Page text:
Summary: Two gravity cores were collected from the South Scotia Sea located off the northern Antarctic Peninsula during the 2002/2003 Korea Antarctic Research Program (KARP) expedition to determine the late Quaternary climatic and oceanographic history. Reassessment of previous sedimentological, geochemical and micropaleontological analyses combined with established age model of AMS 14C dates represent the reliable record of late Pleistocene climatic/oceanographic change for the Scotia Sea region of Antarctica. During the Last Glacial Maximum (LGM), the South Scotia Sea received large amounts of sorted terrigenous sediments and some of the reworked diatom fossils emplaced by bottom currents from an extensively glaciated Weddell Sea continental margin. Drifting icebergs calved from the glacial fronts have dispersed glacial dropstones throughout the study area. The bottom current deposits during the glacial phase comprise two lithologic units: (1) bioturbated gravelly sandy mud (Facies 1), formed by sluggish bottom current caused by reduced dense-water production originated from the ice sheet on the Weddell Shelf, (2) indistinctly layered diatomaceous mud as shown by total organic carbon (TOC) highs in the Facies 1, deposited by sporadic bottom currents caused by intensified sea-ice formation in polynya during the glacial stage. The LGM is characterized by greater and longer sea-ice coverage and a restricted Weddell/Scotia summer communication, as evidenced by a relative decrease in percentage Thalssiosira antarctica and Chaetoceros resting spores, which are more abundant close to the Weddell Ice Shelf. Deglaciation (about 13,000-9000 14C yr BP) in the South Scotia Sea was characterized by increasing TOC, diatom abundance, and decreasing magnetic susceptibility and sand contents up core. At this time, subglacial meltwater streams began to emanate from the Weddell Ice Sheet with peak of ice rafting. Sediment-laden turbid plumes from melting glacier and deglaciated Weddell Shelf have probably been joined into the realm of contour currents, Weddell Gyre circulation, ultimately forming indistinctly laminated gravelly mud (Facies 2) in the South Scotia Sea. These currents probably resulted from water exchange between the Weddell Ice Shelf and Circumpolar Warm Deep Water during the retreating phase of the last glaciation. The deglaciation was probably followed by a period of open-marine conditions with variable extent of sea ice (variable TOC content). Between about 9000 and 3000 14C yr BP, bottom water production occasionally appears to have diminished or ceased due to the disintegration of some of the Weddell Ice Shelf, and biogenic input became increased forming bioturbated diatomaceous mud and ooze (Facies 3). The climatic amelioration could have restored the Weddell/Scotia communication during the summer, as evidenced by a relative increase of T. antarctica and C. resting spore in Facies 3. At the onset of Neoglacial (about 3000 14C yr BP), a decrease in TOC and diatom abundance, and an increase of sand content reflect the formation of more extensive and seasonally persistent multiyear sea ice. The Weddell Ice Shelf advanced with increased sea-ice coverage at this time, and as a result, bottom water might play a role in transporting terrigenous sediments and reworked fossil diatoms into the South Scotia Sea, forming diatomaceous sandy mud (Facies 4). During this time, it is possible that the Weddell/Scotia communication would have been partly restricted, as evidenced by a reduction of the numbers of T. antarctica and C. resting spores. Our results indicate environmental variability throughout the late Quaternary that was consistent across most portions of the maritime Antarctic Peninsula. In addition, the timing of climatic transitions correlates with the Northern Hemisphere, indicating the possibility of coherent climatic variability during the late Quaternary, at least for the higher latitudes. Abstract Copyright (2007) Elsevier, B.V.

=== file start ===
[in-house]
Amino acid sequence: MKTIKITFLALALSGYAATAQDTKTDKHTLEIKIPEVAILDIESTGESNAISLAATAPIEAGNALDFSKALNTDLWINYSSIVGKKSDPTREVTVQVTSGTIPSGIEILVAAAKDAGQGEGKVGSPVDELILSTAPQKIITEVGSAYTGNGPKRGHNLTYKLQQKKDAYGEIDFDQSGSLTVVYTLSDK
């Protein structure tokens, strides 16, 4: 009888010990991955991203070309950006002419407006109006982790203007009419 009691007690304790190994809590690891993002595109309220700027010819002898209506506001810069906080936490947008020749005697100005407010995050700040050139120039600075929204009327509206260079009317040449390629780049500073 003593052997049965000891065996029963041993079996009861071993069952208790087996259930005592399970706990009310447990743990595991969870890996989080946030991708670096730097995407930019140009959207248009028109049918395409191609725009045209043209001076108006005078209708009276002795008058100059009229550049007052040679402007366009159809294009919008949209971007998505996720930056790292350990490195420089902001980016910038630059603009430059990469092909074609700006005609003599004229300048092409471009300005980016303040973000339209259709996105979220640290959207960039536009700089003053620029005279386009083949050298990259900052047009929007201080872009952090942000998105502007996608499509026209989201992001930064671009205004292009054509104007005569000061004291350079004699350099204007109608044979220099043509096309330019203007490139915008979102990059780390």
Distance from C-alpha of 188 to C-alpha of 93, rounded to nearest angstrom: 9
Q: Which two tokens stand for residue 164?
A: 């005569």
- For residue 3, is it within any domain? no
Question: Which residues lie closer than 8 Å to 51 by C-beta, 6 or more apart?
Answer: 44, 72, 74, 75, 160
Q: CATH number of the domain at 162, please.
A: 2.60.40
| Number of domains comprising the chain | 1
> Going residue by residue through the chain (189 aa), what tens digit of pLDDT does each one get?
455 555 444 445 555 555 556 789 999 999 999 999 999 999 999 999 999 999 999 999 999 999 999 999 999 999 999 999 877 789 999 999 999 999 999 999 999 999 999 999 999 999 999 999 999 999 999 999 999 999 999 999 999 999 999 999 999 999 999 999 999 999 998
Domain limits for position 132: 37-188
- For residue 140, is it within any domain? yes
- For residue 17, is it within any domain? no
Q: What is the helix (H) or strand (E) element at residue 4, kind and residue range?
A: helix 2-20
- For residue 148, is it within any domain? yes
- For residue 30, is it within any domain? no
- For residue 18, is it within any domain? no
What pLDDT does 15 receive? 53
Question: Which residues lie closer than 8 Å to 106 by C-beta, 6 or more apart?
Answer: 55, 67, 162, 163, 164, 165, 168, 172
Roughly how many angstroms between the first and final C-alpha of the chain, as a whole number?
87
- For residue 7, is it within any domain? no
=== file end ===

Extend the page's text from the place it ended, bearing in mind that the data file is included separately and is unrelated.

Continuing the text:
Year of Publication: 2007
Research Program: ODP Ocean Drilling Program
Key Words: 03 Geochronology; 24 Surficial Geology, Quaternary Geology; Absolute age; Algae; Antarctic Peninsula; Antarctica; Assemblages; C-14; Carbon; Cenozoic; Deglaciation; Diatoms; Holocene; Ice rafting; Isotopes; Last glacial maximum; Leg 178; Lithofacies; Lithostratigraphy; Marine environment; Marine sediments; Microfossils; ODP Site 1098; Ocean Drilling Program; Paleo-oceanography; Paleoclimatology; Paleoenvironment; Plantae; Pleistocene; Quaternary; Radioactive isotopes; Scotia Sea; Sediments; Southern Ocean; Upper Pleistocene; Weddell Sea
Coordinates: S645143 S645143 W0641228 W0641228
Record ID: 2010080331
Copyright Information: GeoRef, Copyright 2017 American Geosciences Institute. Reference includes data from CAPCAS, Elsevier Scientific Publishers, Amsterdam, Netherlands